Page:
“Before going away on vacation, homeowners do a lot of things to prepare for the security and safety of their home while away, including stopping the mail, powering down electronics and turning off water and gas,” says Emily Lewicki, brand manager with Coleman Heating and Air Conditioning. “Additionally, it is important to keep in mind that a home’s temperature needs to be monitored, which can easily be done by using a programmable thermostat.”

While you’re savoring the fun of your vacation planning, here are seven steps you also should take to prepare your home to remain secure while you’re away:

1. Stop the Mail

Home safety experts agree: a stuffed mailbox is a sign of an empty home. The United States Postal Service allows you to request a vacation hold on your mail up to 30 days before your departure date. Go to to see if this service is available in your area. You should also put newspaper and package delivery on hold, too, as uncollected newspapers or parcels in front of your house could also alert others that you’re not home.

2. Turn Off Water and Gas

If a water or gas leak occurs while you’re not there to address it, the emergency could cause significant damage to your home. You can reduce risks by turning off water flow to appliances like the clothes washer. To conserve energy and money, you can also turn off the gas flow to your water heater.

3. Adjust the Thermostat

You don’t need to spend money to heat or cool your home to a comfortable level when you’re not there to enjoy it. Turn down the thermostat, but don’t turn your HVAC system completely off. Extreme temperatures can harm your home and its contents. A programmable thermostat can take care of temperature adjustments for you while you’re away. If you don’t already have a programmable thermostat, consider installing a model like Coleman’s Hx(TM) thermostat. The touch-screen interface makes it easy to program the system, plus a free downloadable app allows you to control the thermostat from your smartphone, no matter where you travel. Just be sure to leave your internet connection active at home so your thermostat can communicate with the app while you’re away.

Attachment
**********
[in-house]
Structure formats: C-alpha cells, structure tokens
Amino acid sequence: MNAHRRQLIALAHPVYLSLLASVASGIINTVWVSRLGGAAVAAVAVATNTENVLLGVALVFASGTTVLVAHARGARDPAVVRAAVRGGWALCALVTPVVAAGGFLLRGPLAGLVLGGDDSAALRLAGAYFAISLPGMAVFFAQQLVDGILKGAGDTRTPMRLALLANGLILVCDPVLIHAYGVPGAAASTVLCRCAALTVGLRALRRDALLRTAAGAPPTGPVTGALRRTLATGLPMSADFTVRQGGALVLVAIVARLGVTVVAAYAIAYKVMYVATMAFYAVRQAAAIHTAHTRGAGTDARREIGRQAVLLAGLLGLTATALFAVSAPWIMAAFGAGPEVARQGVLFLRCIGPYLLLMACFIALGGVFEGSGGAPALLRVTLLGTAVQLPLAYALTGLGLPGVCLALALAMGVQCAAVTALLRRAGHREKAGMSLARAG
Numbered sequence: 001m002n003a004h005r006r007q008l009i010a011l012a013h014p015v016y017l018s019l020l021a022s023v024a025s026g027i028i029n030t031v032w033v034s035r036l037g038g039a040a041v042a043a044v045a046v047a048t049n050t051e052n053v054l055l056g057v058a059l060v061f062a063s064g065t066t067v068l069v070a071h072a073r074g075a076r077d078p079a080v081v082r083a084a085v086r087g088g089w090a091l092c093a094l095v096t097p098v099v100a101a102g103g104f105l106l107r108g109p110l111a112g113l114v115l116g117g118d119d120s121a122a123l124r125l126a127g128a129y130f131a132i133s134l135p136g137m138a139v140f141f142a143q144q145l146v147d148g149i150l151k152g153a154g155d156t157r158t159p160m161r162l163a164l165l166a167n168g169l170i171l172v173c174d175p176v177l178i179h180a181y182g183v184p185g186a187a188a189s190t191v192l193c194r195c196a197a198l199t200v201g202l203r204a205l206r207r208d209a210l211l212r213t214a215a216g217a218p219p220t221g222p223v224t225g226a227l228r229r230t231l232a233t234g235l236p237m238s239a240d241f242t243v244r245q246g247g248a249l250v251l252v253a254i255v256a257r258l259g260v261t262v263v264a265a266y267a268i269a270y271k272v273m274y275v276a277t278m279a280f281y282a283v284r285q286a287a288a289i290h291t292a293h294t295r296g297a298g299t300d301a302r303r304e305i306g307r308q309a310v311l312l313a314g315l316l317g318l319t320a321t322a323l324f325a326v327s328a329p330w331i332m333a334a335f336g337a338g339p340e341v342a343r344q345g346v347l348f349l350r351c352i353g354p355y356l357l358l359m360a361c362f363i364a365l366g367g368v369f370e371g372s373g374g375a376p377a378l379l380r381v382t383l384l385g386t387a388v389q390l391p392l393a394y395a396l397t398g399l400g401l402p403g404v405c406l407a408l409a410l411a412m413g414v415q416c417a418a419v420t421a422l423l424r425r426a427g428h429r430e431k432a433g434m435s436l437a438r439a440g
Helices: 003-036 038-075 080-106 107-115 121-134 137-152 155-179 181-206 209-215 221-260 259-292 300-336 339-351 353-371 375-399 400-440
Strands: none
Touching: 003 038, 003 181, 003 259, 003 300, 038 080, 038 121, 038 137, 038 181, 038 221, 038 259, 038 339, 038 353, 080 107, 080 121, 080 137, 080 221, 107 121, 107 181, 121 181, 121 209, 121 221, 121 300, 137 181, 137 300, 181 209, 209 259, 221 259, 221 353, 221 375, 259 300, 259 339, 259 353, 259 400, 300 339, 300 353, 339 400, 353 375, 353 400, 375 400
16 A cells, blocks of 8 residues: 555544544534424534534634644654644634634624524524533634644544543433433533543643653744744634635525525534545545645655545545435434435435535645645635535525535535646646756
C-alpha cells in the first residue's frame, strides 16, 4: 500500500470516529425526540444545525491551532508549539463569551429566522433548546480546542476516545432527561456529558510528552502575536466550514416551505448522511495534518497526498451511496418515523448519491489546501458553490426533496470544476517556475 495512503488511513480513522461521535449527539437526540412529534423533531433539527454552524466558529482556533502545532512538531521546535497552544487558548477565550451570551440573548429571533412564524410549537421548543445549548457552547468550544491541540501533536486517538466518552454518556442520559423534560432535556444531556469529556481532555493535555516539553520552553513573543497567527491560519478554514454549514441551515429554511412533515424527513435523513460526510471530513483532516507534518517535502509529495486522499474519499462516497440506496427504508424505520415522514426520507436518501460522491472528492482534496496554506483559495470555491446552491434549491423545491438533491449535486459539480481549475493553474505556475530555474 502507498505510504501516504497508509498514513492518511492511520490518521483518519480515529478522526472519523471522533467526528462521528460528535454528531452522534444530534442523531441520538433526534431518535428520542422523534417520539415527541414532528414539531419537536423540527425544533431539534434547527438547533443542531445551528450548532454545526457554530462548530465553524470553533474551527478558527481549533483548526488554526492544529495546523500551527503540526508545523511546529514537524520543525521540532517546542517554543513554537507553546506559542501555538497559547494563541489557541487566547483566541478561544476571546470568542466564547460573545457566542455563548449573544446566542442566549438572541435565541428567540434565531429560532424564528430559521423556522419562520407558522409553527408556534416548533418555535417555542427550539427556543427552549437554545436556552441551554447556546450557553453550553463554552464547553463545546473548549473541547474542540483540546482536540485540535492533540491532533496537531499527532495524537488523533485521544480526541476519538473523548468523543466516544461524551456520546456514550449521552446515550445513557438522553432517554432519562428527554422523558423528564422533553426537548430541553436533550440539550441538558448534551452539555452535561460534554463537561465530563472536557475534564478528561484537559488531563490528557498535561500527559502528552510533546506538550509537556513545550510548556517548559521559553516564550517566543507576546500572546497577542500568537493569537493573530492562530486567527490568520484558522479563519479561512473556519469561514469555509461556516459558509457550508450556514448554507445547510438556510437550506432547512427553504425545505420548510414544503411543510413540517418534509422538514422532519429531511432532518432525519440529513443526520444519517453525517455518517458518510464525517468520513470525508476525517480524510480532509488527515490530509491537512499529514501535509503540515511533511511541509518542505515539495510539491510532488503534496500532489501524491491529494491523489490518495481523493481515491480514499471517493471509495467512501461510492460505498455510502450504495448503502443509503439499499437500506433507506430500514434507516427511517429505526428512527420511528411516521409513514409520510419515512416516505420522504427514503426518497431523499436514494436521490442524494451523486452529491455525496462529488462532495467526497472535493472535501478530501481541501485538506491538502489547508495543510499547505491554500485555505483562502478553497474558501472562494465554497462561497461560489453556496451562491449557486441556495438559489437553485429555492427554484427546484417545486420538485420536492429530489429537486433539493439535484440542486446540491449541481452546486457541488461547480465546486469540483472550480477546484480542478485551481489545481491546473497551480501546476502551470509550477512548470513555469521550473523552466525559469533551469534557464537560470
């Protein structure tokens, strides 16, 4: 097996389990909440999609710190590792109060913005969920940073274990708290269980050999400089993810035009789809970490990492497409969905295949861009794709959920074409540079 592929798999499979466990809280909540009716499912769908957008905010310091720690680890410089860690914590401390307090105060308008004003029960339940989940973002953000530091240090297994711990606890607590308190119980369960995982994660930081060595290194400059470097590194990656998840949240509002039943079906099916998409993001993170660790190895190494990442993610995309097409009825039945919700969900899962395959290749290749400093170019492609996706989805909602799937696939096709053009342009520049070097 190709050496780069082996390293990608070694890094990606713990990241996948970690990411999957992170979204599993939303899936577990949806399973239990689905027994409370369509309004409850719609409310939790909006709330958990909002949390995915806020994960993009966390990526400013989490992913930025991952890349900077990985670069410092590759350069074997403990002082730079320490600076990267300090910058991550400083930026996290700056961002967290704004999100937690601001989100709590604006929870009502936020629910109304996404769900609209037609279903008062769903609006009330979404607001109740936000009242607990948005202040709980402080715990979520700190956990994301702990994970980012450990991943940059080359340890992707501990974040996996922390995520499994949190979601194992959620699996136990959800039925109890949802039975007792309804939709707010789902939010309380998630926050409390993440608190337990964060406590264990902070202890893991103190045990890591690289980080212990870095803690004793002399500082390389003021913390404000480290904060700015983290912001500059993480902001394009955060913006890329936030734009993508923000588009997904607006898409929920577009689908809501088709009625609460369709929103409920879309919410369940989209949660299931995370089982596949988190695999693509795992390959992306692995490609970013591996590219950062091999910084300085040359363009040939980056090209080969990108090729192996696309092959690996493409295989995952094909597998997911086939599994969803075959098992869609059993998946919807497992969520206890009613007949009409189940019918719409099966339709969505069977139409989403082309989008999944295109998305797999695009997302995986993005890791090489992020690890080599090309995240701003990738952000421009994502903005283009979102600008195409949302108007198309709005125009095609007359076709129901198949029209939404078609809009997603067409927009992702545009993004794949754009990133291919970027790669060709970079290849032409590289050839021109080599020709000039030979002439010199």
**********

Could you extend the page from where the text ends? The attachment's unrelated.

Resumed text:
4. Put Lights On Timers or Sensors

A well-lit home looks lived in and is less appealing to burglars. Put outside lights on sensors so they’ll turn on when the sun goes down. Use timers to turn interior lights on and off at appropriate times.

5. Prep Your Kitchen

Go through the refrigerator and pantry and throw away any food that could go bad while you’re away. No one wants to come home to smelly, spoiled food. Empty the trash and arrange for a neighbor to put the trash at the curb on your scheduled pickup day. Unplug all small appliances like the coffee maker, toaster ovens, food processors, etc.

6. Power Down Electronic Devices

Items like computers, TVs and phone chargers all draw power while plugged in, even if they’re not switched on. Turn off and unplug electronic devices to reduce power usage in the house and protect electronics from power surges while you’re away.

7. Secure the Garage

This is especially important if your home has an attached garage with direct access into your home. Most garage doors have a simple bolt lock that can be engaged from inside to prevent the door from being raised. Remember to also lock the door from the garage into your house.

Everyone looks forward to vacation. With some simple prep, you can ensure your home stays secure while you’re away. To learn more about home heating and air-conditioning, visit or follow Twitter @ColemanHVAC.